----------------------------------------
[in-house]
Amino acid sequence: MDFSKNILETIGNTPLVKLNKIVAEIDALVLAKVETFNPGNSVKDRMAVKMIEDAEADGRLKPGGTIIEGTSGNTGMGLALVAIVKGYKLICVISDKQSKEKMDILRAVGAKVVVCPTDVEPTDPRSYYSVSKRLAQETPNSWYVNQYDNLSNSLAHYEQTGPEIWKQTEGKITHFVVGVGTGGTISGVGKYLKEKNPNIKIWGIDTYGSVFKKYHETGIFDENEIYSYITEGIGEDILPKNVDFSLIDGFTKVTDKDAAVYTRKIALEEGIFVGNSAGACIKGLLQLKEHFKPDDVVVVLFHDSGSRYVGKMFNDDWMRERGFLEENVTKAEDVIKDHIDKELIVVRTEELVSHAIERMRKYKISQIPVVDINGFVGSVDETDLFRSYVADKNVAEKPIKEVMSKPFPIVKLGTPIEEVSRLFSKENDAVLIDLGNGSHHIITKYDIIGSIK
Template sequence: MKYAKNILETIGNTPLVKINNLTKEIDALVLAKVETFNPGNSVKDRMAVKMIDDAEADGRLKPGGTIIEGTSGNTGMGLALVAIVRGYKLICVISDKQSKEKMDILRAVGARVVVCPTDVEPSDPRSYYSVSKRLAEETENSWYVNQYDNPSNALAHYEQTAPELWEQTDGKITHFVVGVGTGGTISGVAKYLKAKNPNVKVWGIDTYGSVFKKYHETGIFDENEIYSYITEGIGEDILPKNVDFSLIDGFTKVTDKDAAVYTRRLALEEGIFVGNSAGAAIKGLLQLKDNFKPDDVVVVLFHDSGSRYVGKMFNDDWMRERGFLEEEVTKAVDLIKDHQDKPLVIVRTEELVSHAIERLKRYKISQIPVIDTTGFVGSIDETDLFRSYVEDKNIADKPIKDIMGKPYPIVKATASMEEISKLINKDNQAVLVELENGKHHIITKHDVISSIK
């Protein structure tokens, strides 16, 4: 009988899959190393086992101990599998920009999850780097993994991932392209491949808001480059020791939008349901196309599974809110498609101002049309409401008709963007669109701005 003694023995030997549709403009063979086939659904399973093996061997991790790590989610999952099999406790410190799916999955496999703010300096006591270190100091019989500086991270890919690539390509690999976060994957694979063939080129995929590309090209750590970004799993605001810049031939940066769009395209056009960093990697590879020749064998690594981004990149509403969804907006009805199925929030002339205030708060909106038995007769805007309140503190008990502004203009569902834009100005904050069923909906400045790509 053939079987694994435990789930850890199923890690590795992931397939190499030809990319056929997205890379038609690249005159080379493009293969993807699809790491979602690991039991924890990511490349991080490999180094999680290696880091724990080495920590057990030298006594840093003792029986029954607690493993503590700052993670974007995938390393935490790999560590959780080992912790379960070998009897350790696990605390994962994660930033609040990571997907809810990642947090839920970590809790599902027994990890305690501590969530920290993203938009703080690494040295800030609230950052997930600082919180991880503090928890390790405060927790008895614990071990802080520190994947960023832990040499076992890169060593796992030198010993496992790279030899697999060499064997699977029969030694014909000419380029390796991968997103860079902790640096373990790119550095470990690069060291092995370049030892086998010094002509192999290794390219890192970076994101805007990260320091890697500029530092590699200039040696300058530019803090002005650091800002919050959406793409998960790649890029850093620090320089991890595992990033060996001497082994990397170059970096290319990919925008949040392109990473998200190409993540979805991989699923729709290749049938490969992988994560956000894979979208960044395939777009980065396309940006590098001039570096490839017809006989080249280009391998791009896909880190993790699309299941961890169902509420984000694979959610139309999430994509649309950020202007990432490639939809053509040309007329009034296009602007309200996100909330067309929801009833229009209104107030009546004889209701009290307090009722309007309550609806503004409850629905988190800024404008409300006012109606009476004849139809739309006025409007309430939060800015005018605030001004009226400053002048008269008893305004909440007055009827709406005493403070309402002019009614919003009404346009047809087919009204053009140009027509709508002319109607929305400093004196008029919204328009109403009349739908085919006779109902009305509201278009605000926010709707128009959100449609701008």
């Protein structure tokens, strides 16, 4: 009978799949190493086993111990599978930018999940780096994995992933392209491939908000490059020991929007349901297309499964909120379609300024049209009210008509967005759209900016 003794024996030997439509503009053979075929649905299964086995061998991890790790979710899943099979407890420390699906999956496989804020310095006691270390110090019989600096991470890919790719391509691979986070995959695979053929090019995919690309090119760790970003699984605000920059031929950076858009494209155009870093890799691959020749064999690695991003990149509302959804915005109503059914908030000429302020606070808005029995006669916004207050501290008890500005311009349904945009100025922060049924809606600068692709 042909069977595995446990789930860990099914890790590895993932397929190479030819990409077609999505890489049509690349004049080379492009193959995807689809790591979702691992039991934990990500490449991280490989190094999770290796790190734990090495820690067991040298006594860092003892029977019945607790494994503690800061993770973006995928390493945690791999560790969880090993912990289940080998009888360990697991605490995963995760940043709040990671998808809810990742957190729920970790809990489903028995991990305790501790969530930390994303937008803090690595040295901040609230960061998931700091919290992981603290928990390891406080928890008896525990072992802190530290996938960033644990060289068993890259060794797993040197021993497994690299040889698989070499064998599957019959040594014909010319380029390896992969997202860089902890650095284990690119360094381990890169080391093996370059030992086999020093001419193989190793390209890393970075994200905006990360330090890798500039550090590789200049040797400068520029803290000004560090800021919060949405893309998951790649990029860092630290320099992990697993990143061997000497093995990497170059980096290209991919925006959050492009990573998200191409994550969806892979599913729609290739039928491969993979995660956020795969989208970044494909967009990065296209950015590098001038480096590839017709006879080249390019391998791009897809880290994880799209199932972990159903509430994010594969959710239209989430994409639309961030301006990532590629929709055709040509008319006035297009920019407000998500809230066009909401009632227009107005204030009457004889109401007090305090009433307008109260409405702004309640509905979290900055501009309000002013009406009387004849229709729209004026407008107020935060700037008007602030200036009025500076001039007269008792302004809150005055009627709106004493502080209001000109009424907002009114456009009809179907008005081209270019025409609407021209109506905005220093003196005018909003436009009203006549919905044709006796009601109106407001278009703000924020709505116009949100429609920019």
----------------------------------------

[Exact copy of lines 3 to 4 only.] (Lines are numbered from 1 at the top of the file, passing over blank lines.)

Template sequence: MKYAKNILETIGNTPLVKINNLTKEIDALVLAKVETFNPGNSVKDRMAVKMIDDAEADGRLKPGGTIIEGTSGNTGMGLALVAIVRGYKLICVISDKQSKEKMDILRAVGARVVVCPTDVEPSDPRSYYSVSKRLAEETENSWYVNQYDNPSNALAHYEQTAPELWEQTDGKITHFVVGVGTGGTISGVAKYLKAKNPNVKVWGIDTYGSVFKKYHETGIFDENEIYSYITEGIGEDILPKNVDFSLIDGFTKVTDKDAAVYTRRLALEEGIFVGNSAGAAIKGLLQLKDNFKPDDVVVVLFHDSGSRYVGKMFNDDWMRERGFLEEEVTKAVDLIKDHQDKPLVIVRTEELVSHAIERLKRYKISQIPVIDTTGFVGSIDETDLFRSYVEDKNIADKPIKDIMGKPYPIVKATASMEEISKLINKDNQAVLVELENGKHHIITKHDVISSIK
């Protein structure tokens, strides 16, 4: 009988899959190393086992101990599998920009999850780097993994991932392209491949808001480059020791939008349901196309599974809110498609101002049309409401008709963007669109701005 003694023995030997549709403009063979086939659904399973093996061997991790790590989610999952099999406790410190799916999955496999703010300096006591270190100091019989500086991270890919690539390509690999976060994957694979063939080129995929590309090209750590970004799993605001810049031939940066769009395209056009960093990697590879020749064998690594981004990149509403969804907006009805199925929030002339205030708060909106038995007769805007309140503190008990502004203009569902834009100005904050069923909906400045790509 053939079987694994435990789930850890199923890690590795992931397939190499030809990319056929997205890379038609690249005159080379493009293969993807699809790491979602690991039991924890990511490349991080490999180094999680290696880091724990080495920590057990030298006594840093003792029986029954607690493993503590700052993670974007995938390393935490790999560590959780080992912790379960070998009897350790696990605390994962994660930033609040990571997907809810990642947090839920970590809790599902027994990890305690501590969530920290993203938009703080690494040295800030609230950052997930600082919180991880503090928890390790405060927790008895614990071990802080520190994947960023832990040499076992890169060593796992030198010993496992790279030899697999060499064997699977029969030694014909000419380029390796991968997103860079902790640096373990790119550095470990690069060291092995370049030892086998010094002509192999290794390219890192970076994101805007990260320091890697500029530092590699200039040696300058530019803090002005650091800002919050959406793409998960790649890029850093620090320089991890595992990033060996001497082994990397170059970096290319990919925008949040392109990473998200190409993540979805991989699923729709290749049938490969992988994560956000894979979208960044395939777009980065396309940006590098001039570096490839017809006989080249280009391998791009896909880190993790699309299941961890169902509420984000694979959610139309999430994509649309950020202007990432490639939809053509040309007329009034296009602007309200996100909330067309929801009833229009209104107030009546004889209701009290307090009722309007309550609806503004409850629905988190800024404008409300006012109606009476004849139809739309006025409007309430939060800015005018605030001004009226400053002048008269008893305004909440007055009827709406005493403070309402002019009614919003009404346009047809087919009204053009140009027509709508002319109607929305400093004196008029919204328009109403009349739908085919006779109902009305509201278009605000926010709707128009959100449609701008």